In Lafler v. Cooper, the Supreme Court addressed the burden on habeas petitioners who argue that counsel was ineffective for advising them to go to trial rather than accept a plea:

In these circumstances a defendant must show that but for the ineffective advice of counsel there is a reasonable probability that the plea offer would have been presented to the court ( i.e., that the defendant would have accepted the plea and the prosecution would not have withdrawn it in light of intervening circumstances), that the court would have accepted its terms, and that the conviction or sentence, or both, under the offer's terms would have been less severe than under the judgment and sentence that in fact were imposed.

Lafler v. Cooper, 132 S.Ct. 1376, 1385 (2012). Here, Mr. Matthews cannot even present evidence of a proposed plea offer, as he never received such an offer from the Government. Mr. Matthews, as noted before, was looking at a Guideline Range of 360 months to life. A three-point reduction for acceptance of responsibility would only have reduced that Guideline Range to 262-327 months, which is still more time that Mr. Matthews received at sentencing, and Mr. Matthews has not presented any evidence that the Court would have departed even further below the Guideline Range had he pleaded guilty. Moreover, the fact that Mr. Matthews was acquitted of one count demonstrates that the decision to go to trial was not a completely unreasonable strategy. At most, Mr. Matthews speaks in generalities, arguing that defendants who go to trial receive longer sentences than defendants who accept a plea. Because Mr. Matthews has failed to carry his burden to show specific prejudice to him resulting from any error on the part of his attorney in allegedly advising him to go to trial instead of take a plea, the Court will deny his motion on that ground.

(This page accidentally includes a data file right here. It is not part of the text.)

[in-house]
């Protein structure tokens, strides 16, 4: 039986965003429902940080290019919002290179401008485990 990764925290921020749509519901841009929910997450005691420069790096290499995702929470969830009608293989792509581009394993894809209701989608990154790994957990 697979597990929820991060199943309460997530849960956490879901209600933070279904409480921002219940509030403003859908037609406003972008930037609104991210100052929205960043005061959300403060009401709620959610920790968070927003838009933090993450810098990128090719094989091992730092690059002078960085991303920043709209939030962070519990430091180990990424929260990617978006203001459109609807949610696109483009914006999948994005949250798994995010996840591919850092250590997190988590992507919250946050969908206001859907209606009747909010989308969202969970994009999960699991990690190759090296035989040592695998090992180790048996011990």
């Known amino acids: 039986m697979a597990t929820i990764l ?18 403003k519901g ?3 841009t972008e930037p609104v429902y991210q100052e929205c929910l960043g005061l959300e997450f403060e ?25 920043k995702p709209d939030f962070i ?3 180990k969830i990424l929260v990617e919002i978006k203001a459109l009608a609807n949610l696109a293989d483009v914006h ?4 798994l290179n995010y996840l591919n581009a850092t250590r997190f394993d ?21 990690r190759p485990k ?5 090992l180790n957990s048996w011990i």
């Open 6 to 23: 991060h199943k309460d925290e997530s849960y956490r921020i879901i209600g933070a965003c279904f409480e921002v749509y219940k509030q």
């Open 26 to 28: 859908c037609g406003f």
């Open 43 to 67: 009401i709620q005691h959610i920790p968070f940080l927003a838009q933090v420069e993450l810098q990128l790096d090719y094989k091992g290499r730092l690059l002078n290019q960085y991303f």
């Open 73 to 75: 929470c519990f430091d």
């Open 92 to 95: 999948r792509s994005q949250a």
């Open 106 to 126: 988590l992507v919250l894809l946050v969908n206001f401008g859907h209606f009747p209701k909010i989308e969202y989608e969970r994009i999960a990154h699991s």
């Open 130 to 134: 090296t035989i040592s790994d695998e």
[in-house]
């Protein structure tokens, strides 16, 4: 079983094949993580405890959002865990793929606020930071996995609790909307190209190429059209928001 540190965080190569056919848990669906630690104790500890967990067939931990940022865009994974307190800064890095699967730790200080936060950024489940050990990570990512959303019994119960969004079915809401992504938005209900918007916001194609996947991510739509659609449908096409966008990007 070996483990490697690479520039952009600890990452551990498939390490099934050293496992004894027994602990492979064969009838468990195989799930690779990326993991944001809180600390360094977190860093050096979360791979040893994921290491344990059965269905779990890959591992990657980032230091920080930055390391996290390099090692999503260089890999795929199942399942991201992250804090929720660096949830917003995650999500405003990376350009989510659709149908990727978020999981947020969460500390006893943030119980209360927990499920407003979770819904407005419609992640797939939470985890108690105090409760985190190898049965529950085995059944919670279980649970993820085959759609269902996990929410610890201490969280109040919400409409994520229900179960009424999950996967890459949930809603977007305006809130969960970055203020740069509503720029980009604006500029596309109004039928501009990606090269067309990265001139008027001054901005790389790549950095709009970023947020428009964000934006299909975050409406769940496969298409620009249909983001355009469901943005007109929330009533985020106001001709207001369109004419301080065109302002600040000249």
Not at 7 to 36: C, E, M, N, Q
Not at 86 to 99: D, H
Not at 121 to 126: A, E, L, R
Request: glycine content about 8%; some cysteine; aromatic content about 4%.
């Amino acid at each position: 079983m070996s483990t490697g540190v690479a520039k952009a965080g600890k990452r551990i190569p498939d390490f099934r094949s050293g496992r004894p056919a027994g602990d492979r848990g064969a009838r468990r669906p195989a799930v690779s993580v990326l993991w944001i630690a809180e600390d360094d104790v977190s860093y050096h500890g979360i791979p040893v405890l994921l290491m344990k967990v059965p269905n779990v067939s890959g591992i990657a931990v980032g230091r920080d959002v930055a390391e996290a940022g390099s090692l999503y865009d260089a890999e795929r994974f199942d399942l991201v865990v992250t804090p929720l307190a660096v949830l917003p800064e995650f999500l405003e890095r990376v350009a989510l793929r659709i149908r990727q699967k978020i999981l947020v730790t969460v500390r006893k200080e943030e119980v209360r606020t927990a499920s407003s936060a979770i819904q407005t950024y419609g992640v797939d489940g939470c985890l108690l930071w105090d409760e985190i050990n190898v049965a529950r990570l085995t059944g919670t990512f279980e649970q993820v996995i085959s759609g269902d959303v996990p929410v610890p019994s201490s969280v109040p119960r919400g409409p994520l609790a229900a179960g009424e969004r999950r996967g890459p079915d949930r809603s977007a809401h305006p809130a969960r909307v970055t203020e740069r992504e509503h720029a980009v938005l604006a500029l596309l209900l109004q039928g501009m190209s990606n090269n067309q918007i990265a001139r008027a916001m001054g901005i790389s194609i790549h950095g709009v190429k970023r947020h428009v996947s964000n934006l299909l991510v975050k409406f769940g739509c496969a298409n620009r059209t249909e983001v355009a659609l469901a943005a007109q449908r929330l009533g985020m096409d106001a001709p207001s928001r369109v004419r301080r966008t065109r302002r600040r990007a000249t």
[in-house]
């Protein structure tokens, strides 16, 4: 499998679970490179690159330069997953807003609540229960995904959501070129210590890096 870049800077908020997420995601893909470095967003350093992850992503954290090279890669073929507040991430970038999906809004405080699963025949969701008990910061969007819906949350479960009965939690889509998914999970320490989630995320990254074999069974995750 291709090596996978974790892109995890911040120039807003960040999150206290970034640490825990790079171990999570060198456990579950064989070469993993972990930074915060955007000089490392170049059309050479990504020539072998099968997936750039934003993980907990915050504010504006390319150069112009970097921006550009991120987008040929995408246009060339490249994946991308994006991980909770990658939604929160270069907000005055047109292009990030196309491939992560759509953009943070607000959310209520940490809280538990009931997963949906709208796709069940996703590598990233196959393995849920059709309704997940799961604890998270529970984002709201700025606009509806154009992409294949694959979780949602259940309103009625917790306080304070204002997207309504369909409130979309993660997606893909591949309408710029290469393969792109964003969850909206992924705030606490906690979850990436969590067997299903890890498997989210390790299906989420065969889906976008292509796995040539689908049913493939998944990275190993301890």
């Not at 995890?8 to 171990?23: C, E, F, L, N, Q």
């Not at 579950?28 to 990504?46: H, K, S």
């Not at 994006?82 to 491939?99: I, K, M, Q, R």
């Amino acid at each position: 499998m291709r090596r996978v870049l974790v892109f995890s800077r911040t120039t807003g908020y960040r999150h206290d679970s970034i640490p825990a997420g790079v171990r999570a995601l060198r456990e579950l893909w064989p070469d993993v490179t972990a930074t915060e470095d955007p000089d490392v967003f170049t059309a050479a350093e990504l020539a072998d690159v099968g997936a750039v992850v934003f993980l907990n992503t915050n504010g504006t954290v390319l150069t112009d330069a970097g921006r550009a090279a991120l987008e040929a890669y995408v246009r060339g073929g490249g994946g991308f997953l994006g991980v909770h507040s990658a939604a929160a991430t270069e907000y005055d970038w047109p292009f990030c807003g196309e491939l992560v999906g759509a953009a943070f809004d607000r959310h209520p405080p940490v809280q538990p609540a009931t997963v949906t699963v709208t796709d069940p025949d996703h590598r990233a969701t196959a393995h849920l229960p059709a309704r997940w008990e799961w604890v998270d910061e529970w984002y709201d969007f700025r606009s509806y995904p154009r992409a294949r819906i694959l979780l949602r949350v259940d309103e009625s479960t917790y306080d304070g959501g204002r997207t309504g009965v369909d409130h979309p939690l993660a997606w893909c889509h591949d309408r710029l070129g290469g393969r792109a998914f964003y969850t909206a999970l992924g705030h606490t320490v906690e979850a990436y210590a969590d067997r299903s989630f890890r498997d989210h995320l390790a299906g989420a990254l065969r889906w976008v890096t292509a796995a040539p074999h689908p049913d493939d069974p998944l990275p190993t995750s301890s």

C. Mr. Matthews's counsel was not ineffective for failing to object to his sentence.

Mr. Matthews argues that his counsel was ineffective for failing to object to the Court's sentence of 72 months for his violation of 18 U.S.C. § 924(c).[2] He argues that a violation of that statute carries with it a maximum sentence of five years, or 60 months. Mr. Matthews's reading of 18 U.S.C. § 924(c) appears to be based on an incomplete quotation of the statute contained in a parenthetical in an opinion of the Third Circuit Court of Appeals. In reality, the lowest sentence a violation of § 924(c)(1) carries with it is "a term of imprisonment of not less than 5 years." 18 U.S.C. § 924(c)(1)(A)(i) (emphasis added). Thus, Mr. Matthews is simply incorrect in his assertion that the maximum penalty he should have received for that particular crime was five years, and he plainly was not prejudiced by a failure on the part of his counsel to object to his sentence based on Mr. Matthews's incorrect understanding of the statute.

D. Mr. Matthews is not entitled to an evidentiary hearing.

If the "files and records of the case conclusively show that the prisoner is entitled to no relief, " the Court may deny a habeas petition without an evidentiary hearing. 28 U.S.C. § 2255; see also Government of Virgin Islands v. Bradshaw, 726 F.2d 115, 117 (3d Cir. 1984) (district court has discretion regarding the decision to hold an evidentiary hearing on a § 2255 petition; "The district court need only supplement the factual record when the merits of the section 2255 motion may turn on the truth of a non-frivolous allegation."). Here, it is clear that, even accepting his allegations as true and drawing all factual inferences in favor of Mr. Matthews, he still is not entitled to habeas relief.

CONCLUSION

For the reasons set forth above, Mr. Matthews's Motion will be denied without an evidentiary hearing. An Order to this effect follows.